I wrote this after several chats with people who had reservations about yoga teacher training. Whilst its about my experience in yoga teacher training, its also much the same for lots of people who are feeling hesitant about trying out yoga classes! I have touched on that a little in my post about being scared to try yoga which you can find over here if that’s more your thing. I hope my experience can help to ease any fears around trying yoga or signing up to teacher training.
(Bogus) Pre-requisites for yoga teacher training:
- You need to be a super yogi that does handstands on the beach and practices #everydamnday
- You must know ALL the Sanskrit words and you should probably sign all your emails with “Namaste” or “Sat Nam”
- You should be spiritual and woo woo and talk about keeping your chakras aligned in general conversation.
- You must have been doing yoga for forever. Like seriously forever – especially in your past lives.
- You need a wardrobe full of fancy yoga pants and crop tops and even special yoga undies (yes it’s totally a thing!)
- You must eat a ‘clean’ diet and never ever ever over do it at the pub with your mates on a Friday night.
What a load of hoo-haa!
This is the kind of stuff I get asked about all the time from people who are thinking of signing up to yoga teacher training. I can’t tell you the amount of times I have talked to someone who really wants to do teacher training but has a huge BUT (no not a huge bottom you cheeky brats!) I mean a huge reason why they can’t, for example “I don’t know the Sanskrit, I’m not flexible enough, I don’t know how to do handstands” etc etc.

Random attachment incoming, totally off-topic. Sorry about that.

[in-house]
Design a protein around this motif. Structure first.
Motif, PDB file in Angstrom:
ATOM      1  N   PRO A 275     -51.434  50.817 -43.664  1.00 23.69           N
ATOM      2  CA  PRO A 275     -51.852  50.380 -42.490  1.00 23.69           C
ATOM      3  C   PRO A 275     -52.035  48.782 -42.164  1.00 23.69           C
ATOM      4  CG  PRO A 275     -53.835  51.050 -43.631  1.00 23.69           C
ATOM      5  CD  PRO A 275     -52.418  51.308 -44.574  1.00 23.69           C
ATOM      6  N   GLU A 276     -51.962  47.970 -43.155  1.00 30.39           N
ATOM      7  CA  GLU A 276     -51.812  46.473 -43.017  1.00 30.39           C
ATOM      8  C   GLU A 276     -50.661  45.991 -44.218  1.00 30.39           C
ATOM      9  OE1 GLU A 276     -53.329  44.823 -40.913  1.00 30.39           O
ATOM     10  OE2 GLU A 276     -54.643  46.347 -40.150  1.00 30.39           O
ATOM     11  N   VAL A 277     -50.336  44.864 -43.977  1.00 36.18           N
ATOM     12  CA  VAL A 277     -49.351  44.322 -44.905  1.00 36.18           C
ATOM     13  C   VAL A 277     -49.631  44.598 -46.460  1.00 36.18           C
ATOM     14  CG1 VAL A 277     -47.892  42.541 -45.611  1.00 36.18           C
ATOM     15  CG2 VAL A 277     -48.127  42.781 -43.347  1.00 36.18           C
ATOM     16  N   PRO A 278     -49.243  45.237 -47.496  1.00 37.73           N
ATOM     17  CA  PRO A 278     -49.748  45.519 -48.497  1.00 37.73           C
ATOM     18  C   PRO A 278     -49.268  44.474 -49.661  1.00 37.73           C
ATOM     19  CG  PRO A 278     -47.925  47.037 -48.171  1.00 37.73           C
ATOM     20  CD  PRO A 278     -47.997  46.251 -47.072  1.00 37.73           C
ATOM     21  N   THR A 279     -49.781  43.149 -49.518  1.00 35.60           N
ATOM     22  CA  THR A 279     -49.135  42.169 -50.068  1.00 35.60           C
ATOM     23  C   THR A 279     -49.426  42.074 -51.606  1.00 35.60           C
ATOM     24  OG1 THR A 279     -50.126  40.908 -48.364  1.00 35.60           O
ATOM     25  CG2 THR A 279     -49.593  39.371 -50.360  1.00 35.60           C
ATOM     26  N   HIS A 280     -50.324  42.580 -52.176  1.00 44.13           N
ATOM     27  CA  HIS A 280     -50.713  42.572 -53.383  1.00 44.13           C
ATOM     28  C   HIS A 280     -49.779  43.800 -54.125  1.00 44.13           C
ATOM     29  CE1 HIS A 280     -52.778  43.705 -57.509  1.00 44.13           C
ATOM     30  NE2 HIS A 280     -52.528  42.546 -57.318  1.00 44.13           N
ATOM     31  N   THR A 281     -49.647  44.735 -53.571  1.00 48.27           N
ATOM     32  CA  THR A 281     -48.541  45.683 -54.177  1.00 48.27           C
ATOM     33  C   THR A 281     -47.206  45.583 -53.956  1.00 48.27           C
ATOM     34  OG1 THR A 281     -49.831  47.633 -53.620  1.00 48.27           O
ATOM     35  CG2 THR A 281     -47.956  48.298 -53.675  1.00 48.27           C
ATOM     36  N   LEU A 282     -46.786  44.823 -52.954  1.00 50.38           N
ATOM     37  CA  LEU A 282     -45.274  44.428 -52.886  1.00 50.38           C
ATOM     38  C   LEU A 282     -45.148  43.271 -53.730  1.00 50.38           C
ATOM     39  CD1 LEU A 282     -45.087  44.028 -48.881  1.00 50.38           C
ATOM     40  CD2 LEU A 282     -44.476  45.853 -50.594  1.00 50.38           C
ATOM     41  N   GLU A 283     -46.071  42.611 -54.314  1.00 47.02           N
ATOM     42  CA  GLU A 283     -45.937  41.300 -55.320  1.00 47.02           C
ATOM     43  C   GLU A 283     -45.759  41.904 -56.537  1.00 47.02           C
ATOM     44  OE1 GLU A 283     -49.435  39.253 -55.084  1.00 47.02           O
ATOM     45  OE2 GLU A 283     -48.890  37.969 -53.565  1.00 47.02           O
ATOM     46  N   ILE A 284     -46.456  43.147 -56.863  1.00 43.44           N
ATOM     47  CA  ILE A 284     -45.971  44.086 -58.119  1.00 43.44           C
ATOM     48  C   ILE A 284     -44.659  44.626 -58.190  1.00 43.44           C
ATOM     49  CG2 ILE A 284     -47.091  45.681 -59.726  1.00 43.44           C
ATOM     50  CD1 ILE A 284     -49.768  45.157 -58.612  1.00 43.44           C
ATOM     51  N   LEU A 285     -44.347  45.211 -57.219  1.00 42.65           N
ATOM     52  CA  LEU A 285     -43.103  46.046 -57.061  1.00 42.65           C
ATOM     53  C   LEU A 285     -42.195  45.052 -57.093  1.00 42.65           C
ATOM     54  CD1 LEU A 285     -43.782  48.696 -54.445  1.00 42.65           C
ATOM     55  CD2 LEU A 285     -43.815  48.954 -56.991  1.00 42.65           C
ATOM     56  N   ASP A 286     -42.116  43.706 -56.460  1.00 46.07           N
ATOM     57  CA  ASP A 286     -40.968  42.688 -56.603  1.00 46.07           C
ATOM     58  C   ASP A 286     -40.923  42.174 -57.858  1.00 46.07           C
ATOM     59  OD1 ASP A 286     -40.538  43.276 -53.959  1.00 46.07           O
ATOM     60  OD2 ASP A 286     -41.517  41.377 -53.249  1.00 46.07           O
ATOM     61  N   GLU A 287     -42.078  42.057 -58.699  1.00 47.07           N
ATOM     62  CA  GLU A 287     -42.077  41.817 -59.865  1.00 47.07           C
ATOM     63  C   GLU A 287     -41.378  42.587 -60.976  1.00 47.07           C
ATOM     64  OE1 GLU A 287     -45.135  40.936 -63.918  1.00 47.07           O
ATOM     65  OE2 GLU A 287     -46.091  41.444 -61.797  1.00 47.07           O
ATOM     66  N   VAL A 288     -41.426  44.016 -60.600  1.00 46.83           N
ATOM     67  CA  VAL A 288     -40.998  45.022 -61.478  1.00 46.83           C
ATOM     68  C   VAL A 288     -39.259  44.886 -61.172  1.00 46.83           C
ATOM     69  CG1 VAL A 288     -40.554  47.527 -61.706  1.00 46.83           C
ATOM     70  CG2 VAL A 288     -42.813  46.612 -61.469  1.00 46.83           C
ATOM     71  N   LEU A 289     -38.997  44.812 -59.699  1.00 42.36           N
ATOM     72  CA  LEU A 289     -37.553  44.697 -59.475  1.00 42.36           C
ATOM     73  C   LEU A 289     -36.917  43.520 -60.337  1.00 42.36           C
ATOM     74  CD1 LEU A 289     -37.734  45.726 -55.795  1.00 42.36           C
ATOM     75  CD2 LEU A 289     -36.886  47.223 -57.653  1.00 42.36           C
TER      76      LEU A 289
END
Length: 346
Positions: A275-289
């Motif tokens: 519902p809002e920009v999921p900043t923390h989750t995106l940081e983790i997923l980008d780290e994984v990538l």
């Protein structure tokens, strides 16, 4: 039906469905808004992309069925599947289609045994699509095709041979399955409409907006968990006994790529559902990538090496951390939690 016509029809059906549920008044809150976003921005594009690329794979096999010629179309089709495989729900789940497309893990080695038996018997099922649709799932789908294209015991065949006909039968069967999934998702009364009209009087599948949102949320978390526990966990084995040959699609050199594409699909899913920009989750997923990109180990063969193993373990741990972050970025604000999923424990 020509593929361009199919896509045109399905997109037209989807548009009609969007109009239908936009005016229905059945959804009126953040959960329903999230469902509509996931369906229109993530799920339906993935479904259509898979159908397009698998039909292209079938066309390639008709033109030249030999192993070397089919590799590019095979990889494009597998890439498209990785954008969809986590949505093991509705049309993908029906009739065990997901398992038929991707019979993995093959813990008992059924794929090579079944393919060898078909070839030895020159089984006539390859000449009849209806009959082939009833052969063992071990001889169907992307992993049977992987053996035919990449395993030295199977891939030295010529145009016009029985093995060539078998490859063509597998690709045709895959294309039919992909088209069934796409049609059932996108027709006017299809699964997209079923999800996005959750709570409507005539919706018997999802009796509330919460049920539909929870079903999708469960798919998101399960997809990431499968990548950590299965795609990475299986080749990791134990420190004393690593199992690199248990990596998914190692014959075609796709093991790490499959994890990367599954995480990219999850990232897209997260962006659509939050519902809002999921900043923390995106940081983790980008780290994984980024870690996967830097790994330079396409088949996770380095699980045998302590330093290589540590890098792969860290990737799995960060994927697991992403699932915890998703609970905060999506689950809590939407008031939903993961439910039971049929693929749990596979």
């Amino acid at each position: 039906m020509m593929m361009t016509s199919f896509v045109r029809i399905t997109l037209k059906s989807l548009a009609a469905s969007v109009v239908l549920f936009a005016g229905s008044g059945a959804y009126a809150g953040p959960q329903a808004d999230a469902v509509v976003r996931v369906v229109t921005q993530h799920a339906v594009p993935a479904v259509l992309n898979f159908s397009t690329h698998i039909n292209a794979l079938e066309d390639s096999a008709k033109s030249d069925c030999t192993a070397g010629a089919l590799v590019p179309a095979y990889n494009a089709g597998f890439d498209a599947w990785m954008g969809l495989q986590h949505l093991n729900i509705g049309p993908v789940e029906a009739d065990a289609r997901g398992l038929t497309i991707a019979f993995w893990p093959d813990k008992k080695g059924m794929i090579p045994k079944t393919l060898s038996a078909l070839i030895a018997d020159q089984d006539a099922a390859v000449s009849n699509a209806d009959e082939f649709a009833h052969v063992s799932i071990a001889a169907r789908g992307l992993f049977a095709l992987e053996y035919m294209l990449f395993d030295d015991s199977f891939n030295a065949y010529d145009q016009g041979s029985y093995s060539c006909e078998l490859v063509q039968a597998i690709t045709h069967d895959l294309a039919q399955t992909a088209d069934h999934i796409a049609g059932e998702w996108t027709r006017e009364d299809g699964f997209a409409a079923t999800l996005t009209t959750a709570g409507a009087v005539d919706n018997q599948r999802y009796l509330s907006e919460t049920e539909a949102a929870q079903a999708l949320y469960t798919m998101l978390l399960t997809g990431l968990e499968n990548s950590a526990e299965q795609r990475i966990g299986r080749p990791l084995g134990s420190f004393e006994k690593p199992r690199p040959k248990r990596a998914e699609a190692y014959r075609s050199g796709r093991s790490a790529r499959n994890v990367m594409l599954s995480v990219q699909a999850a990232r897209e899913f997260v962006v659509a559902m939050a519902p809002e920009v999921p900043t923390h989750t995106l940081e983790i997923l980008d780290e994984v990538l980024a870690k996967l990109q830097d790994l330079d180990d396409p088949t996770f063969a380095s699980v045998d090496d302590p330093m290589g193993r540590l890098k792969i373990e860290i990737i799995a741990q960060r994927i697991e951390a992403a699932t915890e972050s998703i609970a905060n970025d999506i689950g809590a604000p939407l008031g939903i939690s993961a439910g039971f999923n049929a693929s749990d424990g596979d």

I really want you to know that those ‘buts’ are total B-S.
When I signed up for teacher training I remember being terrified that I did have enough experience and wasn’t good enough at yoga. I started practicing more and more in fear that I would be the only one that couldn’t do handstands. I pictured myself as the dorky kid in the back watching all the cool kids practice handstands and arm balances at lunch.
Now, I don’t know what yoga school you are looking at, but my experience was totally different to my fear based expectations.
First of all – I never had to take some kind of yoga student entry quiz to check that I was “good enough”. No one asked me how fancy my moves were, how much Sanskrit I knew, how often I practiced, how pure my diet was, how much my yoga pants cost and how often I drank alcohol. Because it didn’t matter.
When I arrived I remember being surprised at the variety of people who were in my class. There were some who looked allot like me – similar in age and similar interests, and a whole lot that were older or younger with incredibly different backgrounds and levels of experience.
The first day, we started with the basics, alignment, cat cow and about a thousand downward facing dogs. Imagine my surprise when not one person did a handstand!?!
I did not know Sanskrit before I began and I am pretty sure most of my class didn’t either.